Blackly comic, and oft-times just black, William Friedman’s Southern Gothic murder mystery (minus the mystery) Killer Joe, based on a play by Tracy Letts, is ostensibly in the mould of many a graphic crime thriller filled with double-dealing cops, idiot wannabe criminals, and alluring ladies. Michael Winterbottom’s 2010 Texan Gothic The Killer Inside Me springs to mind but whereas that movie maintains its dark edge untempered, Killer Joe’s humorous tone removes any burdensome gravitas it might otherwise collect allowing both the film and the players to glory in the lurid pulpiness of its story and overall genre.
Matthew McConaughey is magnetic in the title role of Joe: the creepily neurotic cop who moonlights as an assassin-for-hire. As a character Joe plays somewhat like Javier Bardem’s iconic Anton Chigurh from the Coens’ 2007 Oscar snagging No Country for Old Men with all his idiosyncrasies blending into a supremely confident sociopathic personal code of behaviour. Joe differs in that he is somewhat more aware of his level of neurosis and is able to leverage that into humour – even if he’s the only one smiling. As self-absorbed son, bungling brother, and ‘criminal mastermind’ Chris, Emile Hirsch (Lords of Dogtown, Milk) mixes a convincing cocktail of brotherly affection, mistaken superiority, and outwardly projected self-loathing into a trailer-trash, mess making foil against which most of the other characters can make a decent showing. The ever enjoyably unlikeable Thomas Haden Church (Sideways) plays Chris’ pathetic father Ansel with just the right amount of gormlessness; comprehending everything, only, several moments too late. Juno Temple (Kaboom, The Dark Knight Rises) continues to impress as enigmatic (and quite probably developmentally delayed) sister Dottie upon whom Joe fixes his sights. Rounding out the central ensemble is a noticeably ‘tarted up’ Gina Gershon (Face/Off, The Insider) as Ansel’s current wife Sharla who is given the full ‘trailer park’ treatment in terms of appearance and attitude.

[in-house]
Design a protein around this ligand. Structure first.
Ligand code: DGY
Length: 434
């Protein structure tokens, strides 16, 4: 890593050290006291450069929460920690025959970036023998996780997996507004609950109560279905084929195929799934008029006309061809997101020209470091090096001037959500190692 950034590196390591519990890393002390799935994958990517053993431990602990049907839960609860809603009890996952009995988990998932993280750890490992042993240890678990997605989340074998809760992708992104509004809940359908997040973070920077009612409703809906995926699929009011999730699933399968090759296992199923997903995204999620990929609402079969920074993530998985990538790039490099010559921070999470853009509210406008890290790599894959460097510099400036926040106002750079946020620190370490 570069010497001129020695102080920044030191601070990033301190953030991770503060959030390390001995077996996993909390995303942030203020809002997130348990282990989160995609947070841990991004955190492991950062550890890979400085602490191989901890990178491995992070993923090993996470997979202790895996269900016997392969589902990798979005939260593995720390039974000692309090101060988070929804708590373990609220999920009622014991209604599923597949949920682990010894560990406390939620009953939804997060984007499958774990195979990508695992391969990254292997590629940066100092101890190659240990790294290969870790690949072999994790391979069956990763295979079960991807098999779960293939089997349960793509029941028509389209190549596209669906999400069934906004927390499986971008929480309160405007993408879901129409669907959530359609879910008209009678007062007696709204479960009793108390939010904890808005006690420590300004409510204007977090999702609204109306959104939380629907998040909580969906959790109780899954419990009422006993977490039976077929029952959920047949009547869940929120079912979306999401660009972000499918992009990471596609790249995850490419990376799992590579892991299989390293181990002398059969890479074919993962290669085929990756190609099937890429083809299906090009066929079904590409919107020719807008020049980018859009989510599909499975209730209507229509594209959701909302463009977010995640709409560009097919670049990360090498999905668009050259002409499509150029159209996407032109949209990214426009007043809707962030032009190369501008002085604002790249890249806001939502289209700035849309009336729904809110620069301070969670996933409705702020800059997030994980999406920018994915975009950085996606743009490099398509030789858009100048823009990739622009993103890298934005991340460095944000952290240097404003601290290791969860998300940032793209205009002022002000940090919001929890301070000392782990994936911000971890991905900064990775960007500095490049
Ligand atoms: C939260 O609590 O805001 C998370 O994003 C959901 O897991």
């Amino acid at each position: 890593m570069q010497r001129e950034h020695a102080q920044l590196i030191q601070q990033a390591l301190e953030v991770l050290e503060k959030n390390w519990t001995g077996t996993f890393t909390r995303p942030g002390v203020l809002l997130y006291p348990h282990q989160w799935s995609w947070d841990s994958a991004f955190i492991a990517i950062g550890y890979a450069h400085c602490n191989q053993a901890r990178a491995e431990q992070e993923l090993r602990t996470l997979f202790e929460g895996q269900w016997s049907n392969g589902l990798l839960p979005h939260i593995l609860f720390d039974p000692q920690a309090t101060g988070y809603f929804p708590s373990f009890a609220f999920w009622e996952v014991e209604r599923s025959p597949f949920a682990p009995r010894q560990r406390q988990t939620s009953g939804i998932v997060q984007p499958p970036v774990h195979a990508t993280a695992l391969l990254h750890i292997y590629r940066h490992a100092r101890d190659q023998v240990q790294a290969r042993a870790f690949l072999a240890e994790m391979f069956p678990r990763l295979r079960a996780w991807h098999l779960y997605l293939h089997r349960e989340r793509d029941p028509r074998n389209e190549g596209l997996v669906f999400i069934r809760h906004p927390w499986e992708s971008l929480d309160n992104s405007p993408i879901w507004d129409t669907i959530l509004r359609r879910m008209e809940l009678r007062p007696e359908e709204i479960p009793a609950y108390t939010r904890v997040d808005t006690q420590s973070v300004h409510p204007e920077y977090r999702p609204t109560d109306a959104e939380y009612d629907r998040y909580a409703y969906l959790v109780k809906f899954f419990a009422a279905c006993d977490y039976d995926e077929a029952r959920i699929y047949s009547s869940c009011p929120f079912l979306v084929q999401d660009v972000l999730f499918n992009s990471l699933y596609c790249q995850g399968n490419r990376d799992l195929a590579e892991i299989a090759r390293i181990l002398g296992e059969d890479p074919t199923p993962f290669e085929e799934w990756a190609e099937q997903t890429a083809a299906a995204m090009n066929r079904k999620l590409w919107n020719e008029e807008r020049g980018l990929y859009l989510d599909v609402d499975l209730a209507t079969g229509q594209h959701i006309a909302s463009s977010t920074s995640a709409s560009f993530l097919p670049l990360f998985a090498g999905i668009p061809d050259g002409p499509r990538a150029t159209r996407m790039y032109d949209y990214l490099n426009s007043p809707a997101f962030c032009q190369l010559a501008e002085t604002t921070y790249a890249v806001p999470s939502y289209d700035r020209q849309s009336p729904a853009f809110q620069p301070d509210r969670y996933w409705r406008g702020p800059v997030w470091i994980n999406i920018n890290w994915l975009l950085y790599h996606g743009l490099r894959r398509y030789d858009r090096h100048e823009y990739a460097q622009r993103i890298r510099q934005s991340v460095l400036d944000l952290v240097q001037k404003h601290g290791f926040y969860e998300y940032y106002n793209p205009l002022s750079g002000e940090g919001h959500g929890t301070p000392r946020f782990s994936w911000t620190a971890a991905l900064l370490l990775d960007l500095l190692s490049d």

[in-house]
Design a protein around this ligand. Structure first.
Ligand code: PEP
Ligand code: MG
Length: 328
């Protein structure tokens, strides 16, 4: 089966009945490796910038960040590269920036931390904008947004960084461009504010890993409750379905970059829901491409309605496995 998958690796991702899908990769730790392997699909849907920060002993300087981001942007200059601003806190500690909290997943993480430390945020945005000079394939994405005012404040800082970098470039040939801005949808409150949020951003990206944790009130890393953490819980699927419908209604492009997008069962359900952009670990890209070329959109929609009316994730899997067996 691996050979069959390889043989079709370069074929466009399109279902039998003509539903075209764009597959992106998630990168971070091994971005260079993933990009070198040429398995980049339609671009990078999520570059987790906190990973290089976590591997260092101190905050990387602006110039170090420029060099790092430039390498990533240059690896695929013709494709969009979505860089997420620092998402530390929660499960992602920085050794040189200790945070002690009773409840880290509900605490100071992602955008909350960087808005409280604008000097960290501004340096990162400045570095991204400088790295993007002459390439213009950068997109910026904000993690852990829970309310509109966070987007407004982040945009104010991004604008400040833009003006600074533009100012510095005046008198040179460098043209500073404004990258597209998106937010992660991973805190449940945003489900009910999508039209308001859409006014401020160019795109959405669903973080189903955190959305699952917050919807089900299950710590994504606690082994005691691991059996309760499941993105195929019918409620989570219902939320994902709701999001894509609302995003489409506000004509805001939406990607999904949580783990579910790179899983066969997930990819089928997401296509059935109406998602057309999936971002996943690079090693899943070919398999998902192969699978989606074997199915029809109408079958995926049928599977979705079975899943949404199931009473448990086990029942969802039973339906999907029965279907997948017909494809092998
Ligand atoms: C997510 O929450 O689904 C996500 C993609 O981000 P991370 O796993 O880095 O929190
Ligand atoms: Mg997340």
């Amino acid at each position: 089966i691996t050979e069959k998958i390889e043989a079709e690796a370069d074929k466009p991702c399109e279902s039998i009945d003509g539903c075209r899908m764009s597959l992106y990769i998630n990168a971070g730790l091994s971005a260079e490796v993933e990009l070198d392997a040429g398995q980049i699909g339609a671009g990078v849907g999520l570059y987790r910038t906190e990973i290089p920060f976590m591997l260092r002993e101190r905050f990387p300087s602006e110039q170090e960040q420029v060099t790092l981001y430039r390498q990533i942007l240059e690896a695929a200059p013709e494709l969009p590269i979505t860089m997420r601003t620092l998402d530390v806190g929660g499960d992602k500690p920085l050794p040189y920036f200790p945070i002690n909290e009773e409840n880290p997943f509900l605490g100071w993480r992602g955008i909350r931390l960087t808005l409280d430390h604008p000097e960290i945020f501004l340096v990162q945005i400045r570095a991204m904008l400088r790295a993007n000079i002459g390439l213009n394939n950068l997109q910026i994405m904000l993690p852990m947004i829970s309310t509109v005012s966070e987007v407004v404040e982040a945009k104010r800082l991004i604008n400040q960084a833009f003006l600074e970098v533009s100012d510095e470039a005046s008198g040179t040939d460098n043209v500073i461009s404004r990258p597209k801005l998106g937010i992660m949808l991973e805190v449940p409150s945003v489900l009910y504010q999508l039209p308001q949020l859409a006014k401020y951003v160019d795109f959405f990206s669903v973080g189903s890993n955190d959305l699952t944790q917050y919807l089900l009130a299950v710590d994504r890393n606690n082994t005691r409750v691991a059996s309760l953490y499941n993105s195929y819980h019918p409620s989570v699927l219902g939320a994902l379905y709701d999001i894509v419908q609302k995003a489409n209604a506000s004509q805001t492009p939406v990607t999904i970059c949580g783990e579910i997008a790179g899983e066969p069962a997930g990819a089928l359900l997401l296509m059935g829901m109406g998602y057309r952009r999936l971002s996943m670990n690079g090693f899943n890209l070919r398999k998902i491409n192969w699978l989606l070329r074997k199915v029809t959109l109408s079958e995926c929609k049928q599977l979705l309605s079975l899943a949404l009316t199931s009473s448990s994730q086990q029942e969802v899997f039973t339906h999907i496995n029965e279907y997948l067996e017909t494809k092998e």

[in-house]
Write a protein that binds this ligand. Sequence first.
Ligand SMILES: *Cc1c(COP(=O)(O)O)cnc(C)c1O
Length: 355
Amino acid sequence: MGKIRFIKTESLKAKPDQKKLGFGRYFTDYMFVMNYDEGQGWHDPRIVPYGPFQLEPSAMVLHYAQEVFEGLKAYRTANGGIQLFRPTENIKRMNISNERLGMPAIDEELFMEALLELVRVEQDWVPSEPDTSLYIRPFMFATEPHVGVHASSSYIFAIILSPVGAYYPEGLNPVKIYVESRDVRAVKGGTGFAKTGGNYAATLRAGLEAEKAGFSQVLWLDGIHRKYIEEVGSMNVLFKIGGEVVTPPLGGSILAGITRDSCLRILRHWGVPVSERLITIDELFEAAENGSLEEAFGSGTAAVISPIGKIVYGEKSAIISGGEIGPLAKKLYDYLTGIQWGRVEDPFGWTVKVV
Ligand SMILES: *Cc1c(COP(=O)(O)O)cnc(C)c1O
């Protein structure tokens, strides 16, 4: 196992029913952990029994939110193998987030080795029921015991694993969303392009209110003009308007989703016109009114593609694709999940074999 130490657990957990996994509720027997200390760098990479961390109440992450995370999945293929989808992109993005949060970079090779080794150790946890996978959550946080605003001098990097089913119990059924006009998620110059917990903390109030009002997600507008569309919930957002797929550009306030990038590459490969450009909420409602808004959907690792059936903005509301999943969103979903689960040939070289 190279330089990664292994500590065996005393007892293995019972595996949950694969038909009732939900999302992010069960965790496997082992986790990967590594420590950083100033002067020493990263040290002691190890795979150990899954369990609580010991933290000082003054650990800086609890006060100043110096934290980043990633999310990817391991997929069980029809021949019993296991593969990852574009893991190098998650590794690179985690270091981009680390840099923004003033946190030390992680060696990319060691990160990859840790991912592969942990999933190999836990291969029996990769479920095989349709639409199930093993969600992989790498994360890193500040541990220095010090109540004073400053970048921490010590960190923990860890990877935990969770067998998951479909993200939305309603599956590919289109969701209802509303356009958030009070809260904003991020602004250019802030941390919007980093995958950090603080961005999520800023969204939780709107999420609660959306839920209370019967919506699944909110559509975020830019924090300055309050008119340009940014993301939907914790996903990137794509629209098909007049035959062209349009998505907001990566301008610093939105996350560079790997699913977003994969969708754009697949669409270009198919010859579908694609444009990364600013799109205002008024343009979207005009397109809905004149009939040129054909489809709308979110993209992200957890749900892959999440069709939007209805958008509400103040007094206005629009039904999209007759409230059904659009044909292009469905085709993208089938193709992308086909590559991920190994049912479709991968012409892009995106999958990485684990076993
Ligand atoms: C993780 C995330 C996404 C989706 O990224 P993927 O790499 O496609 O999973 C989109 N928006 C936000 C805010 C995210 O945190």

Starting as he means to continue, Friedkin kicks off the film with Chris in the middle of a stormy night yelling and banging on the windows and doors of his father’s house to try and gain entrance. Upon the door finally opening he is confronted with the hirsute classiness of Sharla, and along with the ensuing scene inside the house, the director effectively sets the dysfunctional family dynamic and the brutally humorous tone of the film. Into this less than cosy collective saunters Joe, contracted to perform a service and impressing upon all his extreme, possibly unhinged, confidence and the slightly neurotic code of conduct with which he expects everyone to comply.
I should warn those of sensitive cinematic constitutions: Killer Joe gets down and dirty. Language, sexual misadventure, violence – the whole shebang. Although, it has to be said, one of the beatings within has to be the worst set of pulled punches and kicks I’ve seen committed to film in a production of this quality in a long time.
Friedkin’s film is ultimately middleweight fare despite its dark tenor, harking back to his 1985 crime thriller To Live and Die in L.A. but is a fun ride for those who enjoy their comedy dark and their thrillers with an edge.
R18 Sadistic violence, drug use, offensive language & sex scenes.
Reviewed by: Jacob Powell